Homeland Security extends temporary protected status for Haitians


The Biden administration said Friday it will dramatically expand the number of Haitians eligible for temporary protection from deportation, days after a U.N.-backed police contingent landed in the Caribbean nation to combat gang violence.

The U.S. Department of Homeland Security has granted protection to eligible Haitians already in the United States since a powerful 2010 earthquake killed thousands of people. Biden administration officials have gradually added more recent arrivals as security crises in Haiti have worsened.

About 214,000 Haitians currently have those protections, and they will be allowed to apply for an 18-month extension, officials said Friday.

Another 309,000 newer arrivals are expected to become eligible to apply starting Monday, as long as they began living in the United States on or before June 3, pass background checks and meet other criteria, according to DHS and the Federal Register.

In all, more than half a million Haitians, including many immigrants without legal status in the United States, will be shielded from deportation through Feb. 3, 2026, federal records show, part of a Biden administration expansion of the use of its executive powers to aid immigrants.

Congress created the program known as “temporary protected status” in 1990 to ensure that people whose countries are engulfed in conflict, environmental disasters or other crises could temporarily live and work legally in the United States without fear of being sent home.

President Biden has used that authority more broadly than any other president. Sixteen countries and more than 860,000 immigrants are shielded from deportation under the program, according to a Congressional Research Service report published last month.

On Friday, DHS said Haitians required protections because of “extraordinary and temporary conditions” in that country, including widespread violence and damage from earthquakes and tropical storms.

Haiti has descended into horrific gang violence and mayhem since the 2021 assassination of President Jovenel Moïse. Gangs control more than 80 percent of the Port-au-Prince metropolitan area and have killed and attacked people with impunity. They have also impeded the flow of humanitarian aid to the nation of 12 million people, one of the poorest in the world.

The Haitian Bridge Alliance, an immigrant advocacy group, praised the expansion of temporary protections Friday, saying it “provides much-needed relief and stability to thousands of Haitians who have sought refuge in the United States.” But they and others urged officials to halt deportations.

The protections came too late for Haitian nationals such as Edline, the wife of a retired U.S. Marine in New York, who is being identified only by her first name to protect her safety. She was deported this year after seeking protection at a port of entry on the U.S.-Mexico border.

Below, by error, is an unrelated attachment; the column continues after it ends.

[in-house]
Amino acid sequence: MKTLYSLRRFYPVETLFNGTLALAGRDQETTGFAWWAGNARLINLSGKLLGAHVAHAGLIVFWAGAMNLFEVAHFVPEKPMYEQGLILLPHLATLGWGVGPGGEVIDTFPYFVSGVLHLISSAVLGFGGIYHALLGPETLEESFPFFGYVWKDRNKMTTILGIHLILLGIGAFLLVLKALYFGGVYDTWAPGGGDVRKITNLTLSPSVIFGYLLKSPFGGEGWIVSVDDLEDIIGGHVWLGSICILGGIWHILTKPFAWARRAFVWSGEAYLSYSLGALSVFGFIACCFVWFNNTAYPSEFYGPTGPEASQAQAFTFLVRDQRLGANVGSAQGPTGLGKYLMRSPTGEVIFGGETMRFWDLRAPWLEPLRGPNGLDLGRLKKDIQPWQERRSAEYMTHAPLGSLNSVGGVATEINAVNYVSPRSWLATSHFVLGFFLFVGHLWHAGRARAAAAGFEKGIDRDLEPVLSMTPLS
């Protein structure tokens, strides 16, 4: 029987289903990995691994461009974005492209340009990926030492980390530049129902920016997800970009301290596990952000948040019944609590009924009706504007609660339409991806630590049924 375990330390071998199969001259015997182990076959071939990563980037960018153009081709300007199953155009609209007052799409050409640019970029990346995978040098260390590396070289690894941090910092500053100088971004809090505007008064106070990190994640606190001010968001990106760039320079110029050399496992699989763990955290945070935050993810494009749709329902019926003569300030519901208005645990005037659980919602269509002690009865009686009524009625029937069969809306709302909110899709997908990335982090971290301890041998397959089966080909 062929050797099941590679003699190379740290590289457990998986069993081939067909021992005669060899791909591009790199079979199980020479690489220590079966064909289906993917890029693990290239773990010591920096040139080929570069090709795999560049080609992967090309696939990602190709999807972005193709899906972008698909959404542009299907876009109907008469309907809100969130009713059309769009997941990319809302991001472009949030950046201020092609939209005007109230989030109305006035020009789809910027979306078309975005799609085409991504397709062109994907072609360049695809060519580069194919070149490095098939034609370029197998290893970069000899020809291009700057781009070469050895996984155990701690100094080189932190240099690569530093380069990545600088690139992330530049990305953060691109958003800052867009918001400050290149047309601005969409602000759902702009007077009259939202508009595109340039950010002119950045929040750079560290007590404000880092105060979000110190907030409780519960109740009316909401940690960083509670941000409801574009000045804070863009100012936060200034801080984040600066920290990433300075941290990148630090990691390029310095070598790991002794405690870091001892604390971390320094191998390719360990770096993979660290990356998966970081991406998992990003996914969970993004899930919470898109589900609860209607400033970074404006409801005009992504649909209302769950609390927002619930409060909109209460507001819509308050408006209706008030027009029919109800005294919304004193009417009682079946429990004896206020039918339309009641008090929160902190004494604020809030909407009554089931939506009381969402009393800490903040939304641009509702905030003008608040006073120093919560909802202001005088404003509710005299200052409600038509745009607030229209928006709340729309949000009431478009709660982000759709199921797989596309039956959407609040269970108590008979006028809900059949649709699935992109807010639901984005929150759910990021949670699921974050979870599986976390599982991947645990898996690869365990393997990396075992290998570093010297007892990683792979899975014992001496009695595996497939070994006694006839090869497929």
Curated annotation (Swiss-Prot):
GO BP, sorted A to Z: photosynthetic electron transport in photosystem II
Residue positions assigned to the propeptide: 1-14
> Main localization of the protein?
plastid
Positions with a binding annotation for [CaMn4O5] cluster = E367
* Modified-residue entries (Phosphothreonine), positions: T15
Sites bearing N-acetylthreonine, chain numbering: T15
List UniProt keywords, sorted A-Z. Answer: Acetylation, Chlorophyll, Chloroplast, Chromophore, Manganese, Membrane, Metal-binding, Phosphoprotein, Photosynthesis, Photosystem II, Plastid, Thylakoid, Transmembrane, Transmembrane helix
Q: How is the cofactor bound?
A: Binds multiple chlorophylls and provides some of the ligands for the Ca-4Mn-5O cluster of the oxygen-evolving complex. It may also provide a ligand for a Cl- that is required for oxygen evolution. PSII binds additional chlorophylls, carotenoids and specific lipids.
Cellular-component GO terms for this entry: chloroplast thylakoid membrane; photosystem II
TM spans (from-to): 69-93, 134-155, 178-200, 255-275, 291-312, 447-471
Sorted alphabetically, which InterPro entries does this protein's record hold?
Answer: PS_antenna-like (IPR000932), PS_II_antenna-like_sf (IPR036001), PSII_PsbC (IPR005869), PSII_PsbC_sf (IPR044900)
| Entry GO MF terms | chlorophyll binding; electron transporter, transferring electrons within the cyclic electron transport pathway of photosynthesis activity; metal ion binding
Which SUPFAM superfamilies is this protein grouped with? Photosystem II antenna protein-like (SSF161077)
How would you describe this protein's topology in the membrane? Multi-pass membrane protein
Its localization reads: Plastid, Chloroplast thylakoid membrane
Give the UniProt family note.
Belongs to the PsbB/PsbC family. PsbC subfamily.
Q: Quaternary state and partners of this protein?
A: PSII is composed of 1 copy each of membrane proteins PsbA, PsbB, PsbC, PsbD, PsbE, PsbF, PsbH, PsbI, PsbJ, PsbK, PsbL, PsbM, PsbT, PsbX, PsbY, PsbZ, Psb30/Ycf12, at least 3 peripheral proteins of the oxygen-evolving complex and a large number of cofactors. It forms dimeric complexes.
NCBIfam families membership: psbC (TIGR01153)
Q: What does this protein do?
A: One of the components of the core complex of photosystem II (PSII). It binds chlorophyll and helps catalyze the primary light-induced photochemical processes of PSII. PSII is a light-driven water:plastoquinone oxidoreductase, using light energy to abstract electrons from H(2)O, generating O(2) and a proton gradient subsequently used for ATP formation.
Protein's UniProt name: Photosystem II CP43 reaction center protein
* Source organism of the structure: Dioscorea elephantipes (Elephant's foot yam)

Immigration officials said a judge found that she had no legal basis to remain in the United States.

“She fled Haiti after fearing she would be killed,” her lawyer, William Menard, said in a statement Friday. “Edline wants only to live in safety with her husband and young children,” who are U.S. citizens.

DHS declined to halt deportations to Haiti and warned in an email Friday that anyone who attempts to enter the country illegally could be deported.

Haitians have been attempting to enter the United States by land and sea in recent years, and numbers spiked early under the Biden administration. Earlier this month, the U.S. Coast Guard said it returned 305 migrants to the Bahamas and Haiti after intercepting them at sea.

Fewer Haitians have attempted those risky journeys since Biden created a program last year that allows people from Haiti, Venezuela and other countries to apply to enter legally as long as they have a U.S. sponsor.

“Haitians who were not residing in the United States on or before June 3, 2024, are not eligible for such protection, and will face removal to Haiti if they do not establish a legal basis to stay,” DHS said in an email announcing the expansion.

Officials added: “U.S. policy is to return noncitizens who do not establish a legal basis to remain in the United States.”

To be eligible for temporary protection and a work permit, immigrants must pay a fee, pass security background checks and meet other criteria, particularly residency.

The protection will last about 18 months, from Aug. 4 to Feb. 3, 2026, and could be renewed if dangerous conditions persist in Haiti.

The Trump administration attempted to terminate temporary protections for Haitians and other countries in 2019, but the programs continued after courts intervened.



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